Last month, July 2016, the US National Highway Traffic Safety Administration (NHTSA) released its ‘early estimate’ of traffic fatalities in 2015. Road Rules extracted the following salient points from this Brief Statistical Summary:
An estimated 35,200 people died in motor vehicle traffic crashes, an increase of about 7.7% as compared to the 32,675 fatalities reported in 2014.
If these projections are realized, fatalities will be at the highest level since 2008, when 37,423 fatalities were reported.
Preliminary data reported by the Federal Highway Administration shows that vehicle miles traveled (VMT) in 2015 increased by about 107.2 billion miles, or about a 3.5% increase.
Nevertheless, the increase in the fatalities numbers is still significant enough to affect the measure of fatality rates per 100 million VMT, i.e.:
The fatality rate for 2015 increased to 1.12 fatalities/100 million VMT, up from 1.08 fatalities/100 million VMT in 2014.
So, in summary:
The fourth quarter of 2015 represents the fifth consecutive quarter with year-to-year increases in fatalities as well as the fatality rate.
The magnitude of the increases has also been rising up to the 11% increase in the third quarter of 2015.
Fatalities are projected to have increased by 4.7% during the fourth quarter of 2015.
Preliminary analysis of these changes reveals:
Significant increases in motorcyclist and non-occupant (pedestrian and pedalcyclist) deaths for the Nation in 2015 as compared to 2014.
Also, 9 out of 10 NHTSA Regions are estimated to have had increases in fatalities in 2015 as compared to 2014.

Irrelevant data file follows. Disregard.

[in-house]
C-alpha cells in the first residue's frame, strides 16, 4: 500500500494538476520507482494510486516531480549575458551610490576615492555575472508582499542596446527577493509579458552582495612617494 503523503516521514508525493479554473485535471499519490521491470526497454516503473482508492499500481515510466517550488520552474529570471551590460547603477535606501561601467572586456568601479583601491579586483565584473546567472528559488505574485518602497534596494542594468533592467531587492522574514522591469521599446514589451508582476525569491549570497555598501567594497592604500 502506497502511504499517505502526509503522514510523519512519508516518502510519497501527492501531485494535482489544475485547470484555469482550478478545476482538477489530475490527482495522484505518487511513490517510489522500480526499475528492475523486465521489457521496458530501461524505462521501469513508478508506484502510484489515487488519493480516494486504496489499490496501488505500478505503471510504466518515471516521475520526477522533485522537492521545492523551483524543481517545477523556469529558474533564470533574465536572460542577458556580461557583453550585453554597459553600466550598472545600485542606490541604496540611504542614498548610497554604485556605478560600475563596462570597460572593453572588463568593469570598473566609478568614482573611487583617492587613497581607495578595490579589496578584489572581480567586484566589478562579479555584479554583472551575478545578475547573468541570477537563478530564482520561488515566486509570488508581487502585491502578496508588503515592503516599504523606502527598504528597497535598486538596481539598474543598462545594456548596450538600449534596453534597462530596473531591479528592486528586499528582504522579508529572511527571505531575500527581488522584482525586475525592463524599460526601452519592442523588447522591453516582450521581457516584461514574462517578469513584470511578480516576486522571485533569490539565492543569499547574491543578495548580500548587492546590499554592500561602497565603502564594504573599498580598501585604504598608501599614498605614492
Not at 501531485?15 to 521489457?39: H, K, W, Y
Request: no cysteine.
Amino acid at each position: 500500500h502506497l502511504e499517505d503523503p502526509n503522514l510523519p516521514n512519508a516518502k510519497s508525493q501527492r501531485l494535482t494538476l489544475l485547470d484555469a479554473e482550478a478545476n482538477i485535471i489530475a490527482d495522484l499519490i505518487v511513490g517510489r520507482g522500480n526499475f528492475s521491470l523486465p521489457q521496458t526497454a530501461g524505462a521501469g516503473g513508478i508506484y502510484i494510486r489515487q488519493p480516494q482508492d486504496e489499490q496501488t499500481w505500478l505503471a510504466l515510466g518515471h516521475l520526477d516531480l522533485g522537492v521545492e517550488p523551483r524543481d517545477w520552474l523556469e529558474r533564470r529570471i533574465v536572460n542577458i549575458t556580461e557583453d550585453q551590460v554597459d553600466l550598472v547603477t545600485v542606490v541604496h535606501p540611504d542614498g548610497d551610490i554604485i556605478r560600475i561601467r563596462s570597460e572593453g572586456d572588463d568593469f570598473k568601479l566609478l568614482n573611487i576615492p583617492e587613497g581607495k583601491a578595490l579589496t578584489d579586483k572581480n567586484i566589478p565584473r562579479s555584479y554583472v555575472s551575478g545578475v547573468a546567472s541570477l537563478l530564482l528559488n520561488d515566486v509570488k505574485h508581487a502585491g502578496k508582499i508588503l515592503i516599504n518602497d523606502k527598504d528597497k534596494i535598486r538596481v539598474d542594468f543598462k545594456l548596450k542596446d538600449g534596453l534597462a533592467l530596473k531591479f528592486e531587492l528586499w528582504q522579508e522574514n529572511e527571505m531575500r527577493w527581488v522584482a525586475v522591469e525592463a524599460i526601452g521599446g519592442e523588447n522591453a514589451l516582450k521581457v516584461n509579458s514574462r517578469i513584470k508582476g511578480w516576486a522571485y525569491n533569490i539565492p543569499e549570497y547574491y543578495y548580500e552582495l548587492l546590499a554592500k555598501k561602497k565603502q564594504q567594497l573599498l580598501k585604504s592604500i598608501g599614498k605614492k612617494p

Last week, ICBC, in connection with its application to the BC Utilities Commission for a 4.9% increase to its basic auto insurance rates, and a 2.8% increase to its optional comprehensive coverage (for theft and vandalism and non-crash related vehicle damage) revealed the following similarly trending statistics:
Since 2013, the number of crashes across BC has climbed by 15% to 300,000 last year.
The number of vehicles on our roads in 2015 went through three million for the first time ever to 3.1 million vehicles, up 10 % from 2011.
Mark Blucher, ICBC’s president and CEO underscored the effect of these increases on the need for the rate increase saying, “It’s the rapid increase in the number of crashes, it’s more vehicle damage and injury claims being reported—[up 11%] and that’s being compounded by higher vehicle repair and injury claims costs.” He also pointed out the significant decrease in the usual relief provided by ICBC’s investment income —$44 million midway through 2016 compared to $920 million at the end of 2015— due to “increasingly challenging investment markets and historically low interest rates.”
It would seem that to avoid rate hikes, BC road-users in general need to do better. That said, however, there does seem to be something about the Pacific North-West. Of the nine out of 10 NHSTA regions experiencing fatality increases in 2015, the region with the highest percentage increase (+20%!) is just across our borders, namely the states of Washington, Oregon, Idaho, Montana, and Alaska. No convincing explanations have been suggested at this point.